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Partly Cloudy,36°
Monday, October 20, 2014
A PSEG transmission cable leaked approximately 900 gallons of cable oil in the creek between Oceanside and East Rockaway on Jan. 12. As of press time, the Coast Guard, the Department of Environmental Conservation and the Town of Hempstead were still on site with PSEG to monitor the ongoing cleanup.
PSEG cable leaked oil
DEC, Coast Guard, Town called into assist, oversee
Mary Malloy/Herald
Mary Malloy/Herald Traffic was snarled near the corner of Ocean and Atlantic avenues on the East Rockaway side of the cleanup.

PSEG Long Island has confirmed that a dielectric fluid-filled transmission cable was taken out of service on Jan. 12 because of an oil leak.

“De-energizing the cable did not result in any customer outages,” said spokesperson Jeffrey Weir. Last week, the DEC said that the leak was 900 gallons, but that number could not be confirmed with PSEG.

Weir said that PSEG found the source of the leak and it was stopped the next morning. Permanent repair clamps were installed the following day. Additional testing on the pipe in the vicinity of the leak is ongoing.

Weir said they are working in cooperation with the U.S. Coast Guard and the NYS Department of Environmental Conservation, and can confirm that the fluid leaking is non-toxic. Remediation work being done includes removing contaminated soil.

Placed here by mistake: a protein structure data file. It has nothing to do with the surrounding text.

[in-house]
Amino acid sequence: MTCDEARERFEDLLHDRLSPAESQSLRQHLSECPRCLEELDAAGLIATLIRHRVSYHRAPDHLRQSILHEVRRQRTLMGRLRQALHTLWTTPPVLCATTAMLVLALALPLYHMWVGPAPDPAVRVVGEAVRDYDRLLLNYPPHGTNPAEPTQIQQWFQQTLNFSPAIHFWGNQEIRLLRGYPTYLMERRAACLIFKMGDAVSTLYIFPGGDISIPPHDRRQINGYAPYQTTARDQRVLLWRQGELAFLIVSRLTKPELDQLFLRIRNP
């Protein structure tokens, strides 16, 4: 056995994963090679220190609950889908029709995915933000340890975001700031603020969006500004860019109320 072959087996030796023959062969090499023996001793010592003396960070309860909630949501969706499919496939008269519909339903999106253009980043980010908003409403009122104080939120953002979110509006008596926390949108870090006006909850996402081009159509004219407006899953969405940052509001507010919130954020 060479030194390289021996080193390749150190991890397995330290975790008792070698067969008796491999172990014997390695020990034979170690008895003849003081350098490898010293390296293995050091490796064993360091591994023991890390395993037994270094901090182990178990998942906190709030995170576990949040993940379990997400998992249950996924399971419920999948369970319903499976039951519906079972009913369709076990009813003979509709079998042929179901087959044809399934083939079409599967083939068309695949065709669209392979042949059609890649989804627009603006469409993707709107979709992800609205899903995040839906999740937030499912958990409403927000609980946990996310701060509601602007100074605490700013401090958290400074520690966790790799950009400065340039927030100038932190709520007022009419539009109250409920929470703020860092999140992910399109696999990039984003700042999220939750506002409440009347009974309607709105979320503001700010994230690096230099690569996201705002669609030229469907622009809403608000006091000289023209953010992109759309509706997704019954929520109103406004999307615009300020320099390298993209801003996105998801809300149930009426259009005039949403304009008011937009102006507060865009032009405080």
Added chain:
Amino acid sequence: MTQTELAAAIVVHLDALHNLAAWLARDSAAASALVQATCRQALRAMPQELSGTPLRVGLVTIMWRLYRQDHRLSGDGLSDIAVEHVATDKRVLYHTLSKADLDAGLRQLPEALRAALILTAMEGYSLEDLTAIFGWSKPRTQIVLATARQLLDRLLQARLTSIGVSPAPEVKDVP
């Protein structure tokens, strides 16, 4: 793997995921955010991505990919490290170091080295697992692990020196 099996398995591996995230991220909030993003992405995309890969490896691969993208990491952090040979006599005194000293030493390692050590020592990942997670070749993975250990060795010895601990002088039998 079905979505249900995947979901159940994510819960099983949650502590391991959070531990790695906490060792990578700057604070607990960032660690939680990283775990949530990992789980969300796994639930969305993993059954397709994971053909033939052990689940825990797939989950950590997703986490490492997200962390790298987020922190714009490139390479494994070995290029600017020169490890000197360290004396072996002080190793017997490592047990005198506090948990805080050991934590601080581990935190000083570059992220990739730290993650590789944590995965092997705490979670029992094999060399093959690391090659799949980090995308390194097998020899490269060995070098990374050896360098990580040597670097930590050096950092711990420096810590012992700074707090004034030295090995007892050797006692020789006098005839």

Representatives from the USCG, NYSDEC and the Town of Hempstead, including Bay Constables, are on site with PSEG Long Island crews to monitor the clean-up progress.

A PSEG employee noticed the spill that Sunday night, said DEC spokeswoman Aphrodite Montalvo. She added that an electrical cable was leaking cable oil — an oil used to protect and cool electrical cables — into a creek from an Atlantic Avenue bridge. She said that workers quickly de-energized the cable to reduce the rate of the spill, and it was later clamped to stop the spill entirely.

The spill affected soil and surface waters through a storm drain. Some of the oil was recovered, but a thin sheen of oil is expected to remain but will eventually dissipate, she said. “There should not be any health impacts from the spill,” she said.

The Village of East Rockaway conducted a visit to the site on Jan. 16, and their engineer, assistant building superintendent and village clerk-treasurer met with PSEG. They found that the high-voltage transmission line, which consists of a high-pressured fluid-filled steel pipe containing three high-voltage conductors, are insulated and cooled by pressurized sythetic oil. The steel pipe was corroded and breached at a joint where they oil started to leak. The breach was fixed, and the cleanup is expected to go on for some time.

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